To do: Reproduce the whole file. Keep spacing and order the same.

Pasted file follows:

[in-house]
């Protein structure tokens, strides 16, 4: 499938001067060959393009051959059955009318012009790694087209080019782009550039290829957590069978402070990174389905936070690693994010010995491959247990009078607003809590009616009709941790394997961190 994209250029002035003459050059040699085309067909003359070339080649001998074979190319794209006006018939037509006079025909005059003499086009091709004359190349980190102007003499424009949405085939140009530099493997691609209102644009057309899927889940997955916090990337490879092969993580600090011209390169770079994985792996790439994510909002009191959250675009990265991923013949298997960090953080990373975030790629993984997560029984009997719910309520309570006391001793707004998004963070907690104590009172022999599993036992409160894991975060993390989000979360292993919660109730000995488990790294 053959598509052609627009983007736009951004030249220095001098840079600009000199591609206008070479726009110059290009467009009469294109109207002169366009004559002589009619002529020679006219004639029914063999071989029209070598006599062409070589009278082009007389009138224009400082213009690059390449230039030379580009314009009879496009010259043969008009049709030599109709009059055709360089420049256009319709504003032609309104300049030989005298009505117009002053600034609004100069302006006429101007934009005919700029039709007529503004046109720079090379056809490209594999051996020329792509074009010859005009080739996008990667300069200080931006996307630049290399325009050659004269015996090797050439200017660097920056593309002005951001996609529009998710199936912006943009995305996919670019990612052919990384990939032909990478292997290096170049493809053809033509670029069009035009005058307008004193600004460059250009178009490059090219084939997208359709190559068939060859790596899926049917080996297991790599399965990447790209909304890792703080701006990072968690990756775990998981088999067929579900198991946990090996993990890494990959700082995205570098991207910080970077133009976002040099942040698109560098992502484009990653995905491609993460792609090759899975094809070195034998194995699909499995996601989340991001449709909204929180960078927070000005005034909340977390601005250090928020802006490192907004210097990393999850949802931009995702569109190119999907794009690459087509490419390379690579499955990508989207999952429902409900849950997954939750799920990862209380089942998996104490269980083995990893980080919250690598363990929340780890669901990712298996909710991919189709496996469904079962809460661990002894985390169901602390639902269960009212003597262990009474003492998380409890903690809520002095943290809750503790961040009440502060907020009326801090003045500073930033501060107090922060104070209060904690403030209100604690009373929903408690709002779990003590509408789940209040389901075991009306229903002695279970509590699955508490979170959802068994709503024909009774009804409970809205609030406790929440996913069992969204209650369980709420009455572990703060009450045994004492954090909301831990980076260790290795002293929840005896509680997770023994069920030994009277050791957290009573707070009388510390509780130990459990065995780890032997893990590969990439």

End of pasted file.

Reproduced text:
[in-house]
């Protein structure tokens, strides 16, 4: 499938001067060959393009051959059955009318012009790694087209080019782009550039290829957590069978402070990174389905936070690693994010010995491959247990009078607003809590009616009709941790394997961190 994209250029002035003459050059040699085309067909003359070339080649001998074979190319794209006006018939037509006079025909005059003499086009091709004359190349980190102007003499424009949405085939140009530099493997691609209102644009057309899927889940997955916090990337490879092969993580600090011209390169770079994985792996790439994510909002009191959250675009990265991923013949298997960090953080990373975030790629993984997560029984009997719910309520309570006391001793707004998004963070907690104590009172022999599993036992409160894991975060993390989000979360292993919660109730000995488990790294 053959598509052609627009983007736009951004030249220095001098840079600009000199591609206008070479726009110059290009467009009469294109109207002169366009004559002589009619002529020679006219004639029914063999071989029209070598006599062409070589009278082009007389009138224009400082213009690059390449230039030379580009314009009879496009010259043969008009049709030599109709009059055709360089420049256009319709504003032609309104300049030989005298009505117009002053600034609004100069302006006429101007934009005919700029039709007529503004046109720079090379056809490209594999051996020329792509074009010859005009080739996008990667300069200080931006996307630049290399325009050659004269015996090797050439200017660097920056593309002005951001996609529009998710199936912006943009995305996919670019990612052919990384990939032909990478292997290096170049493809053809033509670029069009035009005058307008004193600004460059250009178009490059090219084939997208359709190559068939060859790596899926049917080996297991790599399965990447790209909304890792703080701006990072968690990756775990998981088999067929579900198991946990090996993990890494990959700082995205570098991207910080970077133009976002040099942040698109560098992502484009990653995905491609993460792609090759899975094809070195034998194995699909499995996601989340991001449709909204929180960078927070000005005034909340977390601005250090928020802006490192907004210097990393999850949802931009995702569109190119999907794009690459087509490419390379690579499955990508989207999952429902409900849950997954939750799920990862209380089942998996104490269980083995990893980080919250690598363990929340780890669901990712298996909710991919189709496996469904079962809460661990002894985390169901602390639902269960009212003597262990009474003492998380409890903690809520002095943290809750503790961040009440502060907020009326801090003045500073930033501060107090922060104070209060904690403030209100604690009373929903408690709002779990003590509408789940209040389901075991009306229903002695279970509590699955508490979170959802068994709503024909009774009804409970809205609030406790929440996913069992969204209650369980709420009455572990703060009450045994004492954090909301831990980076260790290795002293929840005896509680997770023994069920030994009277050791957290009573707070009388510390509780130990459990065995780890032997893990590969990439």